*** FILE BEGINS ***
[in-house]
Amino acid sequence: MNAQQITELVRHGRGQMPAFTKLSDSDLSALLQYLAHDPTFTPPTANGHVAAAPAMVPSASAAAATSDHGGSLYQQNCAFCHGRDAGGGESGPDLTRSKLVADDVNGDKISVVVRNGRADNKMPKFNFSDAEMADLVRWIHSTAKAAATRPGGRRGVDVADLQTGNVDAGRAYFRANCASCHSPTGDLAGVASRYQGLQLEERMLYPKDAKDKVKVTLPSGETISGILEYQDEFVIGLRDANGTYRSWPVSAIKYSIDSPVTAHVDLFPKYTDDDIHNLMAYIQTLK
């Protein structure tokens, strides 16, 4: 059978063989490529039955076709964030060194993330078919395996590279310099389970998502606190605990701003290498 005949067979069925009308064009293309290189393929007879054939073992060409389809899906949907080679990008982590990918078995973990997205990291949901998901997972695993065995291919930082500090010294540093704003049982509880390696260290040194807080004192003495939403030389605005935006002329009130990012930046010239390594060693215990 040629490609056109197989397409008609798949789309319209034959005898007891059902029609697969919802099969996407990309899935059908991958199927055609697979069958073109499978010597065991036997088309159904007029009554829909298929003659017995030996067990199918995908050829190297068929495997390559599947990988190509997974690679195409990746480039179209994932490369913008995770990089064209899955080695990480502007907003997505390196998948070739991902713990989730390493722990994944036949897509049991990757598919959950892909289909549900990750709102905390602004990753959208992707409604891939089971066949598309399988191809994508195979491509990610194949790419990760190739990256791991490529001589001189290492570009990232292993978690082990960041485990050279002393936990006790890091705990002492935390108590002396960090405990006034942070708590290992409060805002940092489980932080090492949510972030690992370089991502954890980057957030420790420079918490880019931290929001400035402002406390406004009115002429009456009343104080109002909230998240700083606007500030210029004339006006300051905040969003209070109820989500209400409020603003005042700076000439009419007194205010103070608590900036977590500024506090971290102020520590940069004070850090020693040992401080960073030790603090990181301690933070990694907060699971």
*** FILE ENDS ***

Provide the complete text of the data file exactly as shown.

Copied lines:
[in-house]
Amino acid sequence: MNAQQITELVRHGRGQMPAFTKLSDSDLSALLQYLAHDPTFTPPTANGHVAAAPAMVPSASAAAATSDHGGSLYQQNCAFCHGRDAGGGESGPDLTRSKLVADDVNGDKISVVVRNGRADNKMPKFNFSDAEMADLVRWIHSTAKAAATRPGGRRGVDVADLQTGNVDAGRAYFRANCASCHSPTGDLAGVASRYQGLQLEERMLYPKDAKDKVKVTLPSGETISGILEYQDEFVIGLRDANGTYRSWPVSAIKYSIDSPVTAHVDLFPKYTDDDIHNLMAYIQTLK
């Protein structure tokens, strides 16, 4: 059978063989490529039955076709964030060194993330078919395996590279310099389970998502606190605990701003290498 005949067979069925009308064009293309290189393929007879054939073992060409389809899906949907080679990008982590990918078995973990997205990291949901998901997972695993065995291919930082500090010294540093704003049982509880390696260290040194807080004192003495939403030389605005935006002329009130990012930046010239390594060693215990 040629490609056109197989397409008609798949789309319209034959005898007891059902029609697969919802099969996407990309899935059908991958199927055609697979069958073109499978010597065991036997088309159904007029009554829909298929003659017995030996067990199918995908050829190297068929495997390559599947990988190509997974690679195409990746480039179209994932490369913008995770990089064209899955080695990480502007907003997505390196998948070739991902713990989730390493722990994944036949897509049991990757598919959950892909289909549900990750709102905390602004990753959208992707409604891939089971066949598309399988191809994508195979491509990610194949790419990760190739990256791991490529001589001189290492570009990232292993978690082990960041485990050279002393936990006790890091705990002492935390108590002396960090405990006034942070708590290992409060805002940092489980932080090492949510972030690992370089991502954890980057957030420790420079918490880019931290929001400035402002406390406004009115002429009456009343104080109002909230998240700083606007500030210029004339006006300051905040969003209070109820989500209400409020603003005042700076000439009419007194205010103070608590900036977590500024506090971290102020520590940069004070850090020693040992401080960073030790603090990181301690933070990694907060699971």